Middlebury College

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Old Stone Row at Middlebury College. Image courtesy of Wikimedia Commons.

Established in 1800, Middlebury College was the first college in the state of Vermont. In common with other American institutions of higher education in this period, Middlebury attracted young men expecting to become ministers, lawyers, or physicians. A few years after he plowed up the granite slab with the intriguing "Noah's Raven" marks we now know to be dinosaur tracks, Pliny Moody of South Hadley, Massachusetts, was one of five students who traveled from western Massachusetts to attend this new college nestled in Vermont’s Champlain Valley.

Like the other freshmen in the class of 1810, Pliny was expected to have attended a grammar school or have been tutored in Latin, rudimentary Greek and common arithmetic. Middlebury College’s first president was Jeremiah Atwater, a graduate of Yale and already at age twenty-seven known for his impressive command of classical languages.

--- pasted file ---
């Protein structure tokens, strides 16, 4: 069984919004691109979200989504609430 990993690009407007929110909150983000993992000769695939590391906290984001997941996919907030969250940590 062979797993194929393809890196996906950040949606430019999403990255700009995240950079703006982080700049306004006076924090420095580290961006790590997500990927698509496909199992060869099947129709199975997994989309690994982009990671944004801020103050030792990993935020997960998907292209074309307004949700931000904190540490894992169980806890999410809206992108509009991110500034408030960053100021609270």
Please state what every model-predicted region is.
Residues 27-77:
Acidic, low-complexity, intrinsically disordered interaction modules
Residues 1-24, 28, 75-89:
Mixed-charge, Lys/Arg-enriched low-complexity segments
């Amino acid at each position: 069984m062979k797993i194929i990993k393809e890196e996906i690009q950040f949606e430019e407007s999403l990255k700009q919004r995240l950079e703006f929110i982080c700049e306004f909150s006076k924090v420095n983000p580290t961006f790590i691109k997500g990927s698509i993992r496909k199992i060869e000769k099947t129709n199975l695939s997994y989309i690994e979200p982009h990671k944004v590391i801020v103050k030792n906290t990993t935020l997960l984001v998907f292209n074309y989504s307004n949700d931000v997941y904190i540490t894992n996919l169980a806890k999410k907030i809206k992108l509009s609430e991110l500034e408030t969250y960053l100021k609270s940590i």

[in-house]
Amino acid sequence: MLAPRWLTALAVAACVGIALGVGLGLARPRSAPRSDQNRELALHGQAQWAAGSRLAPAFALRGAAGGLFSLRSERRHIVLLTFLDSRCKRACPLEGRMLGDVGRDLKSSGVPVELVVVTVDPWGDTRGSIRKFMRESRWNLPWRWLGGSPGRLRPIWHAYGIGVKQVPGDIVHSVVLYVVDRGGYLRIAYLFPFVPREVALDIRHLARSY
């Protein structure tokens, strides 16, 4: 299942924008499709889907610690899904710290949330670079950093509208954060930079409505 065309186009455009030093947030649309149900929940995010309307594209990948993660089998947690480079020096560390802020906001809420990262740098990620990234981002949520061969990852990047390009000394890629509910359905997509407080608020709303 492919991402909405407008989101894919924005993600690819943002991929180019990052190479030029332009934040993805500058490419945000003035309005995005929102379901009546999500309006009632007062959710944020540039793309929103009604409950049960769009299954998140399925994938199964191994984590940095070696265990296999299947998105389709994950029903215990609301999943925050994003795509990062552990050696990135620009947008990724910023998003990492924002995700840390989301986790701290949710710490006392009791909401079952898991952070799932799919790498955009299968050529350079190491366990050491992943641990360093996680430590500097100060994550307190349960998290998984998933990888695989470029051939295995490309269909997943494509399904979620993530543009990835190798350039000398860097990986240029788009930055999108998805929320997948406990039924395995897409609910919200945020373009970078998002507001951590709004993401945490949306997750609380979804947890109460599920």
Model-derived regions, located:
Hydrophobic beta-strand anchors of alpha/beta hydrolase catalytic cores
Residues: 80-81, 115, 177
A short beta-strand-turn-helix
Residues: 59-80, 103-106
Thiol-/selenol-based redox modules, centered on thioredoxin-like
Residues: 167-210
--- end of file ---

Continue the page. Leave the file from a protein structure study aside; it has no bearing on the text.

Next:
The traditional curriculum Atwater introduced may have appealed to Pliny and his classmates, several of whom would attend more conservative theological seminaries at Andover, Massachusetts, and Princeton, New Jersey. Some would go on to serve as missionaries in the Middle East as well as the United States. 

Today, Middlebury College is a co-educational liberal arts institution with a 200-year history of  academic excellence. It also has the distinction of being the first American college to graduate an African American student, Alexander Lucius Twilight, in 1823.

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